“Ours is one study of this. The way we did it is that we're modelers. We make a mathematical model that describes the transmission of the virus in a way that we think represents reality. In this case, we represented the transmission within and between 375 cities in China. We informed that model with observations and movement data, and then we tried to run what's called an inference problem and estimate those critical parameters here. What fraction of the people are undocumented? What fraction infections are undocumented? And how contagious are they? The reality is it's consistent with what we see in terms of the spread of the virus and how quickly it moved geographically, both within China and outside of China.

“Now there is the added wrinkle that there is pre-symptomatic shedding of this virus, but our model actually does implicitly capture that. We've also applied it to the United States in a slightly different form. And here where testing is less, we're finding actually only one in 11 people are being documented. The other thing is after the travel restrictions are imposed, our same model estimates that about two-thirds of people were identified in China when they were in this period of much more active contact tracing and using of tests.”

On what the U.S. could do better in handling the virus

“Well, I do think there are some things we could do better. Look, the main issue here is that we're dealing with a very challenging virus that unfortunately is very dangerous for the world at large. And it is so because it has three ingredients that come together to make it so. Firstly, it's an emergent novel respiratory virus to which the majority of the population, if almost 100%, are susceptible to it. So those susceptible people, which is you and me, are the tinder that allows us to spread like wildfire. The fact that it's respiratory also allows it to transmit very efficiently. People don't necessarily have to overlap in time and space in order to have transmission, because somebody can walk into a room and deposit the virus on surfaces in the air and then somebody can come in later and actually pick it up from them.

“The second thing is that it has these mild infections that support the stealth transmission that the majority of people who are getting infected are not documented, and they're spreading it in the community unwittingly.

“And the third thing that makes it very dangerous is it has this fat tail where the symptom output is in some instances, the symptoms for people, are very severe and it's causing high rates of mortality, which is incredibly problematic. In order to deal with it, you really want to get out in front of it as quickly as possible. Testing is a really effective way of doing it, particularly early in an outbreak. It doesn’t mean you want to do it willy nilly, but it means that when you identify people who are infected, you want to find out who they were in contact with [and] quarantine those people. If they begin to manifest, test them and then test their contacts as well. The difficulty is that in a place such as New York right now where I live, it's gotten kind of out of hand. And the question is, is there the capacity, are there even the swabs available, to conduct testing at the level we would want to try to flatten that curve and bring it back down? And that's the challenge that we're facing right now.”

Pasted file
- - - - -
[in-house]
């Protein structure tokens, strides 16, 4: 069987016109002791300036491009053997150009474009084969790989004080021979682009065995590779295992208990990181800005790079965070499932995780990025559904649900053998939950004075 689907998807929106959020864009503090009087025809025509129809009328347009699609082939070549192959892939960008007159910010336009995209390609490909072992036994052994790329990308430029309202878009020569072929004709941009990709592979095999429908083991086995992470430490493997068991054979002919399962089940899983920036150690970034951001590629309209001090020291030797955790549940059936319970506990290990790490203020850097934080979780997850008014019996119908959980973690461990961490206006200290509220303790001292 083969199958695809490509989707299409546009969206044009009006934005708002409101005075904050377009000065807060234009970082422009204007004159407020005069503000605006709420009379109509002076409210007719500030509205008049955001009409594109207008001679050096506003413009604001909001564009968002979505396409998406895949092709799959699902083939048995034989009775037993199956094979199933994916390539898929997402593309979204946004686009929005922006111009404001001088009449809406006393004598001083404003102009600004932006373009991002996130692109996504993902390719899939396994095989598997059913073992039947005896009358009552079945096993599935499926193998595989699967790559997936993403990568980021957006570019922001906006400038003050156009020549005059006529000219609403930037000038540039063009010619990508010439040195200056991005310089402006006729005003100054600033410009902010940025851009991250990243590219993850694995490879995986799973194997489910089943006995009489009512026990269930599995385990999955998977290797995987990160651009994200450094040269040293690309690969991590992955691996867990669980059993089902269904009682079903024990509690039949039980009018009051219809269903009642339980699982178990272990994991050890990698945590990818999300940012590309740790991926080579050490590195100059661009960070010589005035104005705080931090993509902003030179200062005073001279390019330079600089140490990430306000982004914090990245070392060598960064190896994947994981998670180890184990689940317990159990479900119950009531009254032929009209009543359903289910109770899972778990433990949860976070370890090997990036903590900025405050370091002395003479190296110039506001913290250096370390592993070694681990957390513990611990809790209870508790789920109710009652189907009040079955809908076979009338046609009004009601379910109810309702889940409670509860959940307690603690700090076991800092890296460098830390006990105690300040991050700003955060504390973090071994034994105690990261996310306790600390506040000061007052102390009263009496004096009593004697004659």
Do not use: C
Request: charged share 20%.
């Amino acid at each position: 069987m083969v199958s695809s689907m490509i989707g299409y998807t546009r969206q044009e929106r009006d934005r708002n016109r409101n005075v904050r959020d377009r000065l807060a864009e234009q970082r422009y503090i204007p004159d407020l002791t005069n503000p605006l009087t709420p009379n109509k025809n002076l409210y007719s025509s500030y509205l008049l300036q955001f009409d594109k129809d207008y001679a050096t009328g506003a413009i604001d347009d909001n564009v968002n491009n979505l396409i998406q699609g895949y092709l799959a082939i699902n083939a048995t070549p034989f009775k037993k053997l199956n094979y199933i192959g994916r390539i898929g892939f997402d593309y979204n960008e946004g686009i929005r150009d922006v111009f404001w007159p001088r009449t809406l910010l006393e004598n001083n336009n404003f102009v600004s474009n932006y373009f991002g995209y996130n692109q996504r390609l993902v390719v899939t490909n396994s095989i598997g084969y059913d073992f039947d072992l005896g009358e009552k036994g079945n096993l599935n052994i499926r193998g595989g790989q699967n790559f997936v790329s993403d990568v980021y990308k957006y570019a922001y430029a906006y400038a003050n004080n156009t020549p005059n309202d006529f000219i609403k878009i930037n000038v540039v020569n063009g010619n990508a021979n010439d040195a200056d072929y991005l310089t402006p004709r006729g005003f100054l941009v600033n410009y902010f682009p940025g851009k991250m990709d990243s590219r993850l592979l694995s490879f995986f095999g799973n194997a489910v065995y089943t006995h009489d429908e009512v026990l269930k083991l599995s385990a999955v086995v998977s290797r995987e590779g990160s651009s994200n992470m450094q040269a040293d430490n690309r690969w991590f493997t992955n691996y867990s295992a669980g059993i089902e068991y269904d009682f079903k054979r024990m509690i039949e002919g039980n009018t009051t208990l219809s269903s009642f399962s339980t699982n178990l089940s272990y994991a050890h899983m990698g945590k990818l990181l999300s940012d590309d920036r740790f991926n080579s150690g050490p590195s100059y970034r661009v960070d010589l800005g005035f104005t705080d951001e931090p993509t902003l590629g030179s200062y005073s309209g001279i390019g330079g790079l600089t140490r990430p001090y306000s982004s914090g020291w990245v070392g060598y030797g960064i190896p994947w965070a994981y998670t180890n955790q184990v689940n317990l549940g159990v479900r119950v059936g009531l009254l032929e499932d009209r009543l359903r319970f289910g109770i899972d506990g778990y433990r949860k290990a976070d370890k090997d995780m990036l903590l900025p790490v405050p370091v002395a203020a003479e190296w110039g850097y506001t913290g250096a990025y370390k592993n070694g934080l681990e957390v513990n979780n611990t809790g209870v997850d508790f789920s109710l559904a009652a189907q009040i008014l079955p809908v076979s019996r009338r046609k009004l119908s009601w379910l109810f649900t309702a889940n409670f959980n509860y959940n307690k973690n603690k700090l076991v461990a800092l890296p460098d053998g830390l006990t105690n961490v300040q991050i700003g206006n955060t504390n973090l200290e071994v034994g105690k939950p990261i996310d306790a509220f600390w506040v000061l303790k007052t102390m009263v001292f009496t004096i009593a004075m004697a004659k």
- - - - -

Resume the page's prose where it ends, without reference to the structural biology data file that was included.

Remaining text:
On how the virus is transmitted

“The answer, unfortunately, is that we don't know. One of the outstanding questions and issues associated with all respiratory viruses is that we really don't know the mode of transmission. That is the way in which they are transmitted and which one is dominant. We know how they can be. We know they can be airborne. We know [they] can be droplets. People spraying each other in the face when they cough or sneeze or speak or even breathe. We also know that it can be that some of those droplets settle on surfaces, that somebody else comes along and touches and then they eat a cheeseburger or they rub their eyes or whatnot and they're going to transfer it to themselves that way. Those are the three main routes that we're talking about for viruses like this. We don't have good evidence to even define how flu is transmitted. This is something that's hotly debated and has important implications for the control of the virus. We don't know the answer to that for this. So the question for the grocery store is to be careful, to wash your hands afterward, wash your produce and try not to get too close to people as you're moving around when you're having to expose yourself in situations like that.”

Chris Bentley produced and edited this interview for broadcast with Peter O'DowdSerena McMahon adapted it for the web.

This segment aired on March 24, 2020.

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Jeremy Hobson Former Co-Host, Here & Now
Before coming to WBUR to co-host Here & Now, Jeremy Hobson hosted the Marketplace Morning Report, a daily business news program with an audience of more than six million.